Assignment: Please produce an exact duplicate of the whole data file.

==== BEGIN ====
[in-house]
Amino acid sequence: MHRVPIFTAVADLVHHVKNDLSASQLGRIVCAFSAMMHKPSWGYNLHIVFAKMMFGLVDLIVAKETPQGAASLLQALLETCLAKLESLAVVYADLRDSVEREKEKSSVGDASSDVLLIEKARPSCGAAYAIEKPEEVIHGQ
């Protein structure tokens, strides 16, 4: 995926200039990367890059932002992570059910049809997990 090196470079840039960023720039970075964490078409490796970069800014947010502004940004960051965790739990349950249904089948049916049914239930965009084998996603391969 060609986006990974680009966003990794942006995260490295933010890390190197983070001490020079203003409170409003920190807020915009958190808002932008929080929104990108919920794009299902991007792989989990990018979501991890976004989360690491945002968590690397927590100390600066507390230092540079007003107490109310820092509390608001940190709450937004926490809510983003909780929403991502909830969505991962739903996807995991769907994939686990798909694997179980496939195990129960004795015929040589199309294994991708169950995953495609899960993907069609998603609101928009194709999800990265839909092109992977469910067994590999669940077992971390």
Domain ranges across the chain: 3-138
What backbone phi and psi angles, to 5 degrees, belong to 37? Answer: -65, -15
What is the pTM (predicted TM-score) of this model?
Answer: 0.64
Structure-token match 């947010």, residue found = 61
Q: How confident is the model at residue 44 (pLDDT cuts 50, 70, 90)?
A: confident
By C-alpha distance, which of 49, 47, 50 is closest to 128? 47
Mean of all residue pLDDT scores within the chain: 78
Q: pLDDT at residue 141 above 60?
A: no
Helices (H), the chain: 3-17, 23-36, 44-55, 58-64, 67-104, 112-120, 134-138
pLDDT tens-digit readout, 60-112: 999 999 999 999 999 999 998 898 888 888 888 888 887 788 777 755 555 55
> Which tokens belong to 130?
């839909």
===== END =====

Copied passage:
[in-house]
Amino acid sequence: MHRVPIFTAVADLVHHVKNDLSASQLGRIVCAFSAMMHKPSWGYNLHIVFAKMMFGLVDLIVAKETPQGAASLLQALLETCLAKLESLAVVYADLRDSVEREKEKSSVGDASSDVLLIEKARPSCGAAYAIEKPEEVIHGQ
């Protein structure tokens, strides 16, 4: 995926200039990367890059932002992570059910049809997990 090196470079840039960023720039970075964490078409490796970069800014947010502004940004960051965790739990349950249904089948049916049914239930965009084998996603391969 060609986006990974680009966003990794942006995260490295933010890390190197983070001490020079203003409170409003920190807020915009958190808002932008929080929104990108919920794009299902991007792989989990990018979501991890976004989360690491945002968590690397927590100390600066507390230092540079007003107490109310820092509390608001940190709450937004926490809510983003909780929403991502909830969505991962739903996807995991769907994939686990798909694997179980496939195990129960004795015929040589199309294994991708169950995953495609899960993907069609998603609101928009194709999800990265839909092109992977469910067994590999669940077992971390």
Domain ranges across the chain: 3-138
What backbone phi and psi angles, to 5 degrees, belong to 37? Answer: -65, -15
What is the pTM (predicted TM-score) of this model?
Answer: 0.64
Structure-token match 């947010």, residue found = 61
Q: How confident is the model at residue 44 (pLDDT cuts 50, 70, 90)?
A: confident
By C-alpha distance, which of 49, 47, 50 is closest to 128? 47
Mean of all residue pLDDT scores within the chain: 78
Q: pLDDT at residue 141 above 60?
A: no
Helices (H), the chain: 3-17, 23-36, 44-55, 58-64, 67-104, 112-120, 134-138
pLDDT tens-digit readout, 60-112: 999 999 999 999 999 999 998 898 888 888 888 888 887 788 777 755 555 55
> Which tokens belong to 130?
């839909």